Online pharmacies are no replacement for face-to-face pharmacist interaction, UK study finds
General practice staff, including GPs, in the UK have responded to a survey to explore their views of the increasing availability of distance-selling pharmacies.
Researchers from the University of Sunderland in north-east England surveyed 97 practice staff. The sample included 19 GPs, 25 practice managers, 16 reception staff, eight pharmacists/pharmacy technicians, six prescription clerks, four dispensing managers, five nurses, and five ‘other’ staff, plus nine respondents who were missing role information.
They also held a small set of focus groups that included a total of eight GP participants.
Concerns were raised in both focus groups that an increased reliance on remote dispensing could result in potential loss of valued elements of local community pharmacy provision.
“Continuity of care, community pharmacists’ local knowledge of patients and relationships with GPs were perceived to be essential for enabling a valued alert system of compliance problems and prescribing errors, and of the efficient resolution of problems,” said the researchers in the International Journal of Pharmacy Practice.
For example, one GP and focus group participant said: “There’s a big issue around continuity of care generally … I think if you take out yet another community-based resource or you denigrate it … by challenging their financial viability … you could very readily lose that immediate contact with patients”.
Dealing with medicines dispensing and supply issues was not perceived to be a legitimate responsibility of the GP, unless it impacted directly on patient care.
“It’s when it doesn’t work that I become more interested,” said another focus group GP participant.
Required changes to electronic repeat prescriptions and remotely dispensed multi-compartment compliance aids were reported to be complex and time-consuming to resolve.
Meanwhile the majority of survey respondents reported that they dealt with local independent or small chain pharmacies on a daily or weekly basis (68%) and less frequently with large multiple or supermarket pharmacies, or distance-selling pharmacies that trade only online or by mail order.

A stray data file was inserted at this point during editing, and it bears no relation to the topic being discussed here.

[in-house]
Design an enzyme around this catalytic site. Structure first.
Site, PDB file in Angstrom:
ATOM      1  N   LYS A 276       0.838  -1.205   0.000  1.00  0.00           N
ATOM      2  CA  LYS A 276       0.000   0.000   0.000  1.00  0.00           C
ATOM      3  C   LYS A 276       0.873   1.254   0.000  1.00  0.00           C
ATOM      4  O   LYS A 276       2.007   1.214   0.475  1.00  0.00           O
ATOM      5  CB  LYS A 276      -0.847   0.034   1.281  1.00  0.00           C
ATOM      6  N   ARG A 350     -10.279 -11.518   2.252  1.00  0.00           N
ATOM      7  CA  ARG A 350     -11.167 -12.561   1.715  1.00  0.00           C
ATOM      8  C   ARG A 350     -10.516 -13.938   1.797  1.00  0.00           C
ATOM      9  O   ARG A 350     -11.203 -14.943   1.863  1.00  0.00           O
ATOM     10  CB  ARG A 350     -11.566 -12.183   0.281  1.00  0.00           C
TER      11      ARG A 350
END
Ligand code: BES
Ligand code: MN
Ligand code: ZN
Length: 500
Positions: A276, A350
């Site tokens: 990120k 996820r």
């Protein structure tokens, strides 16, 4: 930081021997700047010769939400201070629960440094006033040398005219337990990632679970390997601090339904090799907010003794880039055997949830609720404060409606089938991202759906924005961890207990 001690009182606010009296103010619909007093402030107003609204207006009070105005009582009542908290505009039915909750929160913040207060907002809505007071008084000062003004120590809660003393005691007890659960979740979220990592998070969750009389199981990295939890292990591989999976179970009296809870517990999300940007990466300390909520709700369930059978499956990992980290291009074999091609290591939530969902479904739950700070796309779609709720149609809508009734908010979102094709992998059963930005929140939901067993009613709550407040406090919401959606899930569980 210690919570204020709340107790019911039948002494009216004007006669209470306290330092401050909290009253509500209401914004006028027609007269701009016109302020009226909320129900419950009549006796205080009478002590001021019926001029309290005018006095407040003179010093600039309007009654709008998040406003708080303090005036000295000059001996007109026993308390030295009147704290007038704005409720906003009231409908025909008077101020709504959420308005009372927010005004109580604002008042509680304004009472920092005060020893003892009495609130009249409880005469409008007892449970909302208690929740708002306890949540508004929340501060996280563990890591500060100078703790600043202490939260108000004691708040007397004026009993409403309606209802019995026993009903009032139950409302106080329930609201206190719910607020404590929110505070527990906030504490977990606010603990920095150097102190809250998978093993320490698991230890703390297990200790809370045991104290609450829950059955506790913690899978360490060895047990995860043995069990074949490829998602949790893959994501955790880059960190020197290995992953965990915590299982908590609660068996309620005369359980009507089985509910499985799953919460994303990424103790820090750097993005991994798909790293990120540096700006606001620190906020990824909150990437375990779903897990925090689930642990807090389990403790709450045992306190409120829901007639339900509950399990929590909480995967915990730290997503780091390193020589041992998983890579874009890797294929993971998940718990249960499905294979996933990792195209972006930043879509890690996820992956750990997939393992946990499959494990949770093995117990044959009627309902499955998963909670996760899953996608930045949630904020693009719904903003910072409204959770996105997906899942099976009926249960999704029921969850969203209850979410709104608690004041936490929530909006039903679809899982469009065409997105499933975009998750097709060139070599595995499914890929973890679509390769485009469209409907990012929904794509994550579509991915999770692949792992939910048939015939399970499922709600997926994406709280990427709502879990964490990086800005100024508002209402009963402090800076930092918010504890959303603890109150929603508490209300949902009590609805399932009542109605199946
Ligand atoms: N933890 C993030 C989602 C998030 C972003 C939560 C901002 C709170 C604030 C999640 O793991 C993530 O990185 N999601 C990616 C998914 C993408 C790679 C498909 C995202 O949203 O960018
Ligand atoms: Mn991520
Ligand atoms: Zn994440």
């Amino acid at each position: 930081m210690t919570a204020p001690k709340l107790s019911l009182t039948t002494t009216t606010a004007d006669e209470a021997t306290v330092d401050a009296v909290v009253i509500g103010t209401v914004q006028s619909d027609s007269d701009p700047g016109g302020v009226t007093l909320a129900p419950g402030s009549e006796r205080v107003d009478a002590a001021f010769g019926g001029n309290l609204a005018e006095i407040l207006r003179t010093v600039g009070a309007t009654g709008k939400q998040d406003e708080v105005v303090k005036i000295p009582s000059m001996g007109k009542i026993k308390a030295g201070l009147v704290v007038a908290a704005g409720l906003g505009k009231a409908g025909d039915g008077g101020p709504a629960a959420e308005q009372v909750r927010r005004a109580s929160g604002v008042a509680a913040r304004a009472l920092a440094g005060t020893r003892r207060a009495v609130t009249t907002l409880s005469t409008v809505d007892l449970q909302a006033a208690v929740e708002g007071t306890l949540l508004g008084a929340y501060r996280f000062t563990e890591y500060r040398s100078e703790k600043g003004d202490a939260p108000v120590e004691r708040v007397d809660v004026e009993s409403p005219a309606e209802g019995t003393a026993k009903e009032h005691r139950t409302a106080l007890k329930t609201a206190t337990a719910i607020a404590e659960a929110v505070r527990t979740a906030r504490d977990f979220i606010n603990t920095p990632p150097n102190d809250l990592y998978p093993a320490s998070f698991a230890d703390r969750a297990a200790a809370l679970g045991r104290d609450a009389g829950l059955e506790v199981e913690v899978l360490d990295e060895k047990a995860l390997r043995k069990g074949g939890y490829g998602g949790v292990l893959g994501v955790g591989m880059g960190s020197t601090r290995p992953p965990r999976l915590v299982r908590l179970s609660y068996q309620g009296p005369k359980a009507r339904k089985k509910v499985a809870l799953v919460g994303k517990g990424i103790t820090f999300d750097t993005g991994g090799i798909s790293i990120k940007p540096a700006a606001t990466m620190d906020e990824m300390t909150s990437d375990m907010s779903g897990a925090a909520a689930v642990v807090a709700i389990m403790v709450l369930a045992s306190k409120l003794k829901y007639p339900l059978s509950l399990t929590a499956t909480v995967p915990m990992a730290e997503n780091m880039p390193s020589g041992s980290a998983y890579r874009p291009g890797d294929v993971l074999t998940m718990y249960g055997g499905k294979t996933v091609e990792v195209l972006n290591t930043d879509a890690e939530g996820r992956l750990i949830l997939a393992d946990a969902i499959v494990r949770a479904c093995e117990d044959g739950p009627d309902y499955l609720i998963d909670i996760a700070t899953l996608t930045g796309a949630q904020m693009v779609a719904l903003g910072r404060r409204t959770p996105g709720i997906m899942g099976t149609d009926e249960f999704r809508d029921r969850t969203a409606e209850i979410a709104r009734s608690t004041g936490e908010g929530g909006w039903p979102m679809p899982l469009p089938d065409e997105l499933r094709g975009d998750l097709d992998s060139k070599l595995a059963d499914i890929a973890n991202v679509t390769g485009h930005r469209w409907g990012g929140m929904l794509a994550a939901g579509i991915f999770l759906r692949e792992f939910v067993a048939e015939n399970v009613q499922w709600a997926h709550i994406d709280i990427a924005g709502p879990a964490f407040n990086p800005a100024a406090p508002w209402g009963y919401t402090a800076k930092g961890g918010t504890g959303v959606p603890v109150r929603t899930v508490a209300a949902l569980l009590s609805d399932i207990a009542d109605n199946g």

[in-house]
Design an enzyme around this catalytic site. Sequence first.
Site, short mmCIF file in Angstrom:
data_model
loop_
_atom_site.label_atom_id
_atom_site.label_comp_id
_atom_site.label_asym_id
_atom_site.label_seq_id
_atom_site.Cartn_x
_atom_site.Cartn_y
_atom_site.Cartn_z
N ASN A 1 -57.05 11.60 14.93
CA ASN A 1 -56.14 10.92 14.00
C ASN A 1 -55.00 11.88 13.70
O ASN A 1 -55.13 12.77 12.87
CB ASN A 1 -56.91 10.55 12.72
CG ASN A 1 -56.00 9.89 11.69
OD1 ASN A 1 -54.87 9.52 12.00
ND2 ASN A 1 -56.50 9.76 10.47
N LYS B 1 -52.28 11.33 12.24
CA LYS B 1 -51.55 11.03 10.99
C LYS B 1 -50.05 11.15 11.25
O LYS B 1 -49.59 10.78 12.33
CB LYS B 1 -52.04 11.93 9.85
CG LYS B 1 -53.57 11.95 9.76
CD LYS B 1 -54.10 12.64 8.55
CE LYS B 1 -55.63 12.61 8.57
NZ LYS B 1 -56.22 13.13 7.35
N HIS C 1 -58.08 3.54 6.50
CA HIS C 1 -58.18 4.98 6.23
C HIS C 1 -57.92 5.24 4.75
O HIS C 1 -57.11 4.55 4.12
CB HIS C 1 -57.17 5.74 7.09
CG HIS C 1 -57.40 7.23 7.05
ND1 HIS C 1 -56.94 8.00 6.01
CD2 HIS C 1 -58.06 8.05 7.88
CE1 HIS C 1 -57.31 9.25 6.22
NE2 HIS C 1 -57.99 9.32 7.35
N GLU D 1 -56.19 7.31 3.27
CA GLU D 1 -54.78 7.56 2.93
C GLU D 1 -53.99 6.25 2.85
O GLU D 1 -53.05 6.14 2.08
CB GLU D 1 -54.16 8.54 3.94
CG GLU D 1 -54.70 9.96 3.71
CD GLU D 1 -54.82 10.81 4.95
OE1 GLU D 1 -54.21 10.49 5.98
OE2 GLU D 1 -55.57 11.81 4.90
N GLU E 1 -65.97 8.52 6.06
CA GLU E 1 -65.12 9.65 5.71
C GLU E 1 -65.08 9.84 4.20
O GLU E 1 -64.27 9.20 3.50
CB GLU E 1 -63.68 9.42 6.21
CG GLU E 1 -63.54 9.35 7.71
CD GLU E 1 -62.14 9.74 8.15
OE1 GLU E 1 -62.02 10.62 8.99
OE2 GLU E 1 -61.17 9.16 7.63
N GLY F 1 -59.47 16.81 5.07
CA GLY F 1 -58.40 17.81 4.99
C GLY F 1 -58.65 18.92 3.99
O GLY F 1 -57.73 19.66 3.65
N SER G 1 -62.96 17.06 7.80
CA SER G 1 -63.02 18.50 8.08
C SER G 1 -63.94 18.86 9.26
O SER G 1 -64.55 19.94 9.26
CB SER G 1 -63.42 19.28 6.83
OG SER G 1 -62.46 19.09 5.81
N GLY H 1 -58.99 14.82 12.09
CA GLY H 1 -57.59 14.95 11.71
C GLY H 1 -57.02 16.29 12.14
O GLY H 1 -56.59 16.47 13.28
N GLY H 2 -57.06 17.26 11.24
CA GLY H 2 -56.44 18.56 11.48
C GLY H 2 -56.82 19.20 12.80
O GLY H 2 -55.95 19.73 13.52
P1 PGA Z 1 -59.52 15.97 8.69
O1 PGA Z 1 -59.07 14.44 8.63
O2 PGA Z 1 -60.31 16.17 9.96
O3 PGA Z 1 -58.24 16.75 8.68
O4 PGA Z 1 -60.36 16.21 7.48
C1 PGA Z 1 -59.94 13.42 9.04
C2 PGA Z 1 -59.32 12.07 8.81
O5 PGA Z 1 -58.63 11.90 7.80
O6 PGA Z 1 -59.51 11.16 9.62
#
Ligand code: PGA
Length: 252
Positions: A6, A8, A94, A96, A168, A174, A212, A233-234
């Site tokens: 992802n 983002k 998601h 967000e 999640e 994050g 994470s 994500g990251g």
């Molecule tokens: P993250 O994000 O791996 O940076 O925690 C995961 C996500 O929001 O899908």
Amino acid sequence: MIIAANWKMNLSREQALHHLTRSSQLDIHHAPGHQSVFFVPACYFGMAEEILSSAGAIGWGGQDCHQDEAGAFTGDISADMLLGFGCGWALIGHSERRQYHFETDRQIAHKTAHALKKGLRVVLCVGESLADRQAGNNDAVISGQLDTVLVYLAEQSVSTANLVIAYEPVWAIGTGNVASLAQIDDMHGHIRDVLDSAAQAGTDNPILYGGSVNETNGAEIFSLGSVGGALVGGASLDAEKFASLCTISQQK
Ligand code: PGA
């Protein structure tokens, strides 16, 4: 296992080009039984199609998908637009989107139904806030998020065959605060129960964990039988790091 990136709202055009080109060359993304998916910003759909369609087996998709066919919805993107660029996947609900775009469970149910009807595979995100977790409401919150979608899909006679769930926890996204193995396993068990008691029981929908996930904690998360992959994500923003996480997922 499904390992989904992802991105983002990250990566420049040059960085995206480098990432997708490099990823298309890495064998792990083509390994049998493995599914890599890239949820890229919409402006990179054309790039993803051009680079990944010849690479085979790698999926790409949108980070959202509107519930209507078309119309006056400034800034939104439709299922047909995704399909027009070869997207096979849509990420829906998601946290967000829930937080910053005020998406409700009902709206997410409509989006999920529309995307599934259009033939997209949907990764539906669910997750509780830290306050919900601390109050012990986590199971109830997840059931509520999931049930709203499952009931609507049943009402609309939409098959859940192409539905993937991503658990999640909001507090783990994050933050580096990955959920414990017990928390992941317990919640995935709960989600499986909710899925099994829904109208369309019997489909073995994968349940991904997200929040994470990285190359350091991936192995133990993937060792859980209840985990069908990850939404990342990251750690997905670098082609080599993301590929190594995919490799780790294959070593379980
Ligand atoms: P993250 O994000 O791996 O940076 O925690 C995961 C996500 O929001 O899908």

In line with focus group findings, interaction with community pharmacy was highly valued among survey respondents.
Most respondents (76.3%) reported that they would prefer to deal with a local pharmacist they knew well when dealing with medicine supply and dispensing queries (47.4% strongly agreed, 28.9% agreed).
When asked to rate the most important things related to safe and efficient supply of medicines, the most highly rated item was “effective communication between pharmacy and general practice”, with 97.9% citing this as very important.
This was followed by good relationships between general practice and pharmacy (88.7%); alerts about medicines compliance (81.4%), supply issues (77.3%); and safety issues (75.3%); the opportunity for patients (and/or carers) to have direct face-to-face contact with their pharmacist responsible for dispensing their medicines (67%); and dispensing pharmacist knowing local patients well (63.9%).
Most respondents agreed or strongly agreed that where and how prescriptions are dispensed has an impact on their practice and patients (81.4%).
More respondents rated home deliveries of medications by local community pharmacies as an important service (92.6%) than postal delivery by distance-selling pharmacy (26%).
Meanwhile respondents shared concerns about distance-selling pharmacies including the unreliability of delivery of medicines, and lack of direct patient contact, for example the loss of personal service and social interaction, especially for the elderly and housebound.
The findings “highlight that community pharmacy is seen by family practice staff to provide a valued ‘safety net’ that can help to identify and resolve compliance issues and prescribing errors more efficiently,” write the authors.
“Reported concerns suggest that some staff believe that an increased reliance on distance-selling pharmacies and other forms of centralised dispensing may denigrate valued elements of community pharmacy and dispensing practices by threatening their long-term sustainability.”
The authors acknowledge the limitations of their small sample size and say the findings should be interpreted with caution.
See the full study here